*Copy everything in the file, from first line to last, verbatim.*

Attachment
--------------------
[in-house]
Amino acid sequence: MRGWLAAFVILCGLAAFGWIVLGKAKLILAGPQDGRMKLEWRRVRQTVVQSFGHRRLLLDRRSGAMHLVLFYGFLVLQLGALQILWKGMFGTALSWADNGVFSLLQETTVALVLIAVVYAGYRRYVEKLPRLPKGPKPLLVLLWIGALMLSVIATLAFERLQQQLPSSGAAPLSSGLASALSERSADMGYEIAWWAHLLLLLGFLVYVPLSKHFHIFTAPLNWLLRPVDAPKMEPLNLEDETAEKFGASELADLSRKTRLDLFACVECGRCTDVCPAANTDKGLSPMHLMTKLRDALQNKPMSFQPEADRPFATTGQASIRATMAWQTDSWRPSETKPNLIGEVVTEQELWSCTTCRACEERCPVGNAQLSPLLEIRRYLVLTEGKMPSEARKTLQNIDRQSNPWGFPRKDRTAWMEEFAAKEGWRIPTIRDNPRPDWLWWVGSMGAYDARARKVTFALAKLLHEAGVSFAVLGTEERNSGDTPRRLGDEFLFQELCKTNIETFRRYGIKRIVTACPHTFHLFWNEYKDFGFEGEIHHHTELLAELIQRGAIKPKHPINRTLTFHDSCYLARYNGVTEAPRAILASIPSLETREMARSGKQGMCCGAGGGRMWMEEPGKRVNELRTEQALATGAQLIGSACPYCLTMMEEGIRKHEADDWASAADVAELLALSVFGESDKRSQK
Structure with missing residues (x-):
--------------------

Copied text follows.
[in-house]
Amino acid sequence: MRGWLAAFVILCGLAAFGWIVLGKAKLILAGPQDGRMKLEWRRVRQTVVQSFGHRRLLLDRRSGAMHLVLFYGFLVLQLGALQILWKGMFGTALSWADNGVFSLLQETTVALVLIAVVYAGYRRYVEKLPRLPKGPKPLLVLLWIGALMLSVIATLAFERLQQQLPSSGAAPLSSGLASALSERSADMGYEIAWWAHLLLLLGFLVYVPLSKHFHIFTAPLNWLLRPVDAPKMEPLNLEDETAEKFGASELADLSRKTRLDLFACVECGRCTDVCPAANTDKGLSPMHLMTKLRDALQNKPMSFQPEADRPFATTGQASIRATMAWQTDSWRPSETKPNLIGEVVTEQELWSCTTCRACEERCPVGNAQLSPLLEIRRYLVLTEGKMPSEARKTLQNIDRQSNPWGFPRKDRTAWMEEFAAKEGWRIPTIRDNPRPDWLWWVGSMGAYDARARKVTFALAKLLHEAGVSFAVLGTEERNSGDTPRRLGDEFLFQELCKTNIETFRRYGIKRIVTACPHTFHLFWNEYKDFGFEGEIHHHTELLAELIQRGAIKPKHPINRTLTFHDSCYLARYNGVTEAPRAILASIPSLETREMARSGKQGMCCGAGGGRMWMEEPGKRVNELRTEQALATGAQLIGSACPYCLTMMEEGIRKHEADDWASAADVAELLALSVFGESDKRSQK
Structure with missing residues (x-):